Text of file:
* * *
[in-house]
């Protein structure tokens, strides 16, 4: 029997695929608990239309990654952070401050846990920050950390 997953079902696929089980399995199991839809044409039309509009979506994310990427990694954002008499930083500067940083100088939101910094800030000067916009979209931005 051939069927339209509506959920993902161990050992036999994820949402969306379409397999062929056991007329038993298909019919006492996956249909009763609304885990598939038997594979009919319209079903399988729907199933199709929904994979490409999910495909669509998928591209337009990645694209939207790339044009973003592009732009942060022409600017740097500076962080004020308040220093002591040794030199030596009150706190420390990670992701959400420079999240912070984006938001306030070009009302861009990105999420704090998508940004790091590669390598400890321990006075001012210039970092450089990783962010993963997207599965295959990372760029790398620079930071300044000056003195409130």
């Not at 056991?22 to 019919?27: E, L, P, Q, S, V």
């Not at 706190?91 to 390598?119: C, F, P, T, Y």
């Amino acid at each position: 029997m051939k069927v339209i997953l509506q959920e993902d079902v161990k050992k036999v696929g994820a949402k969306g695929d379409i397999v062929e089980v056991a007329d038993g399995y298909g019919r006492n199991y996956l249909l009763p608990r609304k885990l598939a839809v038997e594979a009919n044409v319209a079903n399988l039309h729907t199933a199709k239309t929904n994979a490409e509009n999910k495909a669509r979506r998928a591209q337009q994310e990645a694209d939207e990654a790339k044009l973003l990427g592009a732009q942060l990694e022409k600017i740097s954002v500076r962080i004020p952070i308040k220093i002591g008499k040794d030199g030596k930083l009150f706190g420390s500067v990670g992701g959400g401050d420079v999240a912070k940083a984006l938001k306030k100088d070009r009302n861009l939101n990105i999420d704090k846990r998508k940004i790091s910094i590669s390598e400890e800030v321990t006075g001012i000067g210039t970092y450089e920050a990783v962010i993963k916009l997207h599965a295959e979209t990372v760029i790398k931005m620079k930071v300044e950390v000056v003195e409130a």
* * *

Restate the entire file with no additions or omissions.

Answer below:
[in-house]
């Protein structure tokens, strides 16, 4: 029997695929608990239309990654952070401050846990920050950390 997953079902696929089980399995199991839809044409039309509009979506994310990427990694954002008499930083500067940083100088939101910094800030000067916009979209931005 051939069927339209509506959920993902161990050992036999994820949402969306379409397999062929056991007329038993298909019919006492996956249909009763609304885990598939038997594979009919319209079903399988729907199933199709929904994979490409999910495909669509998928591209337009990645694209939207790339044009973003592009732009942060022409600017740097500076962080004020308040220093002591040794030199030596009150706190420390990670992701959400420079999240912070984006938001306030070009009302861009990105999420704090998508940004790091590669390598400890321990006075001012210039970092450089990783962010993963997207599965295959990372760029790398620079930071300044000056003195409130």
């Not at 056991?22 to 019919?27: E, L, P, Q, S, V």
């Not at 706190?91 to 390598?119: C, F, P, T, Y």
């Amino acid at each position: 029997m051939k069927v339209i997953l509506q959920e993902d079902v161990k050992k036999v696929g994820a949402k969306g695929d379409i397999v062929e089980v056991a007329d038993g399995y298909g019919r006492n199991y996956l249909l009763p608990r609304k885990l598939a839809v038997e594979a009919n044409v319209a079903n399988l039309h729907t199933a199709k239309t929904n994979a490409e509009n999910k495909a669509r979506r998928a591209q337009q994310e990645a694209d939207e990654a790339k044009l973003l990427g592009a732009q942060l990694e022409k600017i740097s954002v500076r962080i004020p952070i308040k220093i002591g008499k040794d030199g030596k930083l009150f706190g420390s500067v990670g992701g959400g401050d420079v999240a912070k940083a984006l938001k306030k100088d070009r009302n861009l939101n990105i999420d704090k846990r998508k940004i790091s910094i590669s390598e400890e800030v321990t006075g001012i000067g210039t970092y450089e920050a990783v962010i993963k916009l997207h599965a295959e979209t990372v760029i790398k931005m620079k930071v300044e950390v000056v003195e409130a």